Christmas with Chopsticks

You wonder what it will be like to have Christmas in China. And then it comes, and it doesn’t feel very Christmas-y. It’s hard to celebrate without family.

You set up your Christmas tree a few days ahead of time, getting it decorated by Christmas eve.

Who says stockings can’t hang over the Great Wall?

You get out your favorite Captain America sweater and put it on, trying to conjure up memories of home and see how American you can be.

Actually, it was a gift from some of our fellow expats.

And when all that fails to summon the magical spirit of Christmas, you turn to the old tried-and-true: cooking.

Cinnamon rolls, Christmas cookies, apple pies–food always makes you feel festive!

Mmmm . . .

But the best way you know to celebrate Christmas is with friends. So of course you stuff your tiny apartment with as many people as it can hold, and rejoice together over the sugar-cookie dough and the eggnog.

And you find creative ways to make pretty cookies even without cookie cutters.

You find that working together with friends is one of the best ways to feel that sense of community that you generally find with family in the place you grew up, as talk and laughter fill your already full kitchen.


Everybody loves Christmas cookies.

And then, when the cookies are done, and all the food’s ready, you sit down and eat together, and talk about everything you can think of together. But before you do that, you have to take the mandatory picture to document everyone who came and all the food you’re about to eat before it disappears.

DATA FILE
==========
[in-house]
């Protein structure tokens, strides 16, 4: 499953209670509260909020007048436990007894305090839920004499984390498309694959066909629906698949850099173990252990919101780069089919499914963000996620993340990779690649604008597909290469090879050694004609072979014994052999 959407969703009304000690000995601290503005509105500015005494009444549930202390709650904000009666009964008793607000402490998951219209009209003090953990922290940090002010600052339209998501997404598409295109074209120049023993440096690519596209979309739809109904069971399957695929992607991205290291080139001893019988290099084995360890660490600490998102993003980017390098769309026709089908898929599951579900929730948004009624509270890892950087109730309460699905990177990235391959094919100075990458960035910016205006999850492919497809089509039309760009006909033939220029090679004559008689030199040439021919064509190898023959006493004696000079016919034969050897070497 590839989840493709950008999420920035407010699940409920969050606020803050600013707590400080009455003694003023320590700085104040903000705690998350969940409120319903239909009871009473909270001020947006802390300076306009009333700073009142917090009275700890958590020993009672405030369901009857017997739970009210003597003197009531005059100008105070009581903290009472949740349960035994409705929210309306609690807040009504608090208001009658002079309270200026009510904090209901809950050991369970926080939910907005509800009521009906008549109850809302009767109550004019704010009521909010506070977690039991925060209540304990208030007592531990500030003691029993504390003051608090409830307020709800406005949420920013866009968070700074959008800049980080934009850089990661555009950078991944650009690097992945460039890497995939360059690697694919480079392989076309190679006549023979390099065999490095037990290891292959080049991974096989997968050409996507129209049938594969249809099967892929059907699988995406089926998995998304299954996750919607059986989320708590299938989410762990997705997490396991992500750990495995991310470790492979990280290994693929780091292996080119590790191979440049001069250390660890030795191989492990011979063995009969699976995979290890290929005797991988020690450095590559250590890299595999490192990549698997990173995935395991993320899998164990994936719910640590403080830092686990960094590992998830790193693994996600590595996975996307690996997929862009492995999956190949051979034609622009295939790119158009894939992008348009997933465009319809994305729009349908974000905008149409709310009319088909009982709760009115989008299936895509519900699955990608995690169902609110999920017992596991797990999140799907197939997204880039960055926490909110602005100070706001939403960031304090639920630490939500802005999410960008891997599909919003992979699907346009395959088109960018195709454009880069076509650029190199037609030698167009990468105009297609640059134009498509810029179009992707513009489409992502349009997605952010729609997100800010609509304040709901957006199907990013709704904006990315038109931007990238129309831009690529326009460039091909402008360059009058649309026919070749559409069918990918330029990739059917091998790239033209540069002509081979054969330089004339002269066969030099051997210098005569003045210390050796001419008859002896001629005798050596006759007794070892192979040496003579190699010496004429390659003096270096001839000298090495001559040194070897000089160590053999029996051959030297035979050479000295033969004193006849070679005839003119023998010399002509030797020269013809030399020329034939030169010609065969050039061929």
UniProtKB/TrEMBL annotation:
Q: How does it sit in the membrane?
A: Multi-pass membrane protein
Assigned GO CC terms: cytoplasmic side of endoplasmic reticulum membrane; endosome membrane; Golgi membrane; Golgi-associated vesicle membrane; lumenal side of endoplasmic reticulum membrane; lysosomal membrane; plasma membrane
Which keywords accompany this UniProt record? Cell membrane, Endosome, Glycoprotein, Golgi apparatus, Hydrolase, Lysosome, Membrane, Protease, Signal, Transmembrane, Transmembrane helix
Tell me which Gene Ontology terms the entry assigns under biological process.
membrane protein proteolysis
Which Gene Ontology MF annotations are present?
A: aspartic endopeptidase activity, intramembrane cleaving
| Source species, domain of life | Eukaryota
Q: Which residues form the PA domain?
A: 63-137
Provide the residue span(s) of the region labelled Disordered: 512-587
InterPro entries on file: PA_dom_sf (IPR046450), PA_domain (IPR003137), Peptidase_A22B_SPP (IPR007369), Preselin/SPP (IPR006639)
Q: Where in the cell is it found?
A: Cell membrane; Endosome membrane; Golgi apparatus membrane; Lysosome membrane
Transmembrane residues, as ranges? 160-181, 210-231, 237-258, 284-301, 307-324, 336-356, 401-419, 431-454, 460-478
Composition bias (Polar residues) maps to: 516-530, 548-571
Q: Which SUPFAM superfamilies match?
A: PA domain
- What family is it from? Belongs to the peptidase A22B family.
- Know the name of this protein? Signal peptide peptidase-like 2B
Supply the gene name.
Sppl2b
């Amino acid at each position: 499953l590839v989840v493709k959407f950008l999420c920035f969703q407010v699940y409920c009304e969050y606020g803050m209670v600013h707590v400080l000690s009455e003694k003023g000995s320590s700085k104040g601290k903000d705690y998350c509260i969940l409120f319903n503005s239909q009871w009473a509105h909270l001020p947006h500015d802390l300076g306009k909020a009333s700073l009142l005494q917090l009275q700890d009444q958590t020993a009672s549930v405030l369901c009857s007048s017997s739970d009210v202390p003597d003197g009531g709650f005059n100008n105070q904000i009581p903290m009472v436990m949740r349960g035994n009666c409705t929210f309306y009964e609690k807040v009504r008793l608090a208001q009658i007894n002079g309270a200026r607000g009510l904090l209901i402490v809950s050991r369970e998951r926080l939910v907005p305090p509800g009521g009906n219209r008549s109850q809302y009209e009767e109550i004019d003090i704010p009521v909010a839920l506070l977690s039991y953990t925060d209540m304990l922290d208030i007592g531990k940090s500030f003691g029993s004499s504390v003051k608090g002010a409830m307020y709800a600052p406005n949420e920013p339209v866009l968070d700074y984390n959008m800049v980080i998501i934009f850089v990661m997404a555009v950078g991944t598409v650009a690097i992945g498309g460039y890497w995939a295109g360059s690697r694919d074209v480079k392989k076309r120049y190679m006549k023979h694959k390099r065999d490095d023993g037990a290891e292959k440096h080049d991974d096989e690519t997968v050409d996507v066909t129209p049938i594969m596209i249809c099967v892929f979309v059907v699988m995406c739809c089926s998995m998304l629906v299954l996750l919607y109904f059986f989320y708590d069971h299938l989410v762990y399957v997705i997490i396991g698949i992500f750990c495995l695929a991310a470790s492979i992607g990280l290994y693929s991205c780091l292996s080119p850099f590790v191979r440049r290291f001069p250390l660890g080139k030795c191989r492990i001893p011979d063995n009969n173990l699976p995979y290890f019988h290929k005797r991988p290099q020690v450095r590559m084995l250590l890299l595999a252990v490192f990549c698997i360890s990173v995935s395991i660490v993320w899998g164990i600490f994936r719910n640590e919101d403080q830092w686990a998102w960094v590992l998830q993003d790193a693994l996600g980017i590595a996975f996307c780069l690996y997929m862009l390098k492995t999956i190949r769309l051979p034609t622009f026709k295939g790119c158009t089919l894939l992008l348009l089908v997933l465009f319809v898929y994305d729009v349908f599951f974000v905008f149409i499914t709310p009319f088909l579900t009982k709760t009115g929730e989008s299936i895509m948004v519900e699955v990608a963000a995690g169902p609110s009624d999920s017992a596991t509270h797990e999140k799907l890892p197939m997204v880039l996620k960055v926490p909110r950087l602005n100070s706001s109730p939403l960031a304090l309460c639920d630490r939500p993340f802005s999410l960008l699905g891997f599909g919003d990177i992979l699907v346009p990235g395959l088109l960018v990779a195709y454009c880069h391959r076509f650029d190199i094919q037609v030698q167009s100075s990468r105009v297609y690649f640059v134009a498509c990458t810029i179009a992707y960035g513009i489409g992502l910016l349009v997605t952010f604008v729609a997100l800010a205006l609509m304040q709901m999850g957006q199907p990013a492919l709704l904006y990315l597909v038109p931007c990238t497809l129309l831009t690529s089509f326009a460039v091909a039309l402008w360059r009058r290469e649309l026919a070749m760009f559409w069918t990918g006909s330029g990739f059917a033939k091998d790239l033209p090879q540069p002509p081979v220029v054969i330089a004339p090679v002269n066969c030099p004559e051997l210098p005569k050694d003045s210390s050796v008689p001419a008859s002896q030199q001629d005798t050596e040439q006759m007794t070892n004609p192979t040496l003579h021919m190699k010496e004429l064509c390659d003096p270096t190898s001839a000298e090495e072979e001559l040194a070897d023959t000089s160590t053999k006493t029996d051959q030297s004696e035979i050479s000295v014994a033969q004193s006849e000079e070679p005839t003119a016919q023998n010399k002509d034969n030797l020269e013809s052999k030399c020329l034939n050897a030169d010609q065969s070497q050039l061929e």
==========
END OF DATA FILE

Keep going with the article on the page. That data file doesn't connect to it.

Not as much food as for Thanksgiving, but it was still good.
And since you want a picture of your BEAUTIFUL hostess. . . (in which her head takes up half of the picture)

And after all this, you read the Christmas story and explain it to people who have possibly never heard it before. Then you sing Christmas carols and everyone knows “Silent Night,” and nobody knows “Joy to the World,” and of course they’re very happy when you play your violin for them.

And you decide that this may, after all, be one of the best ways to celebrate Christmas.

Merry Christmas!

Merry Christmas to all, and to all a good night! (It’s still only the third or fourth day of Christmas, depending on where you are, so I’m justified in saying that).


5 thoughts on “Christmas with Chopsticks

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  3. Rachelle

    Sounds like fun! I had time to bake after Christmas for some family celebrations but maybe next year I’ll actually get to make some food traditions for Christmas day. (I’m thinking monkey bread or something similar for breakfast.) Meatballs sound like a great one!

  4. RC

    I’m glad that you didn’t allow your Christmas to be disappointing, but used it make tasty dishes and spend time with new friends and perhaps make new traditions. 🙂

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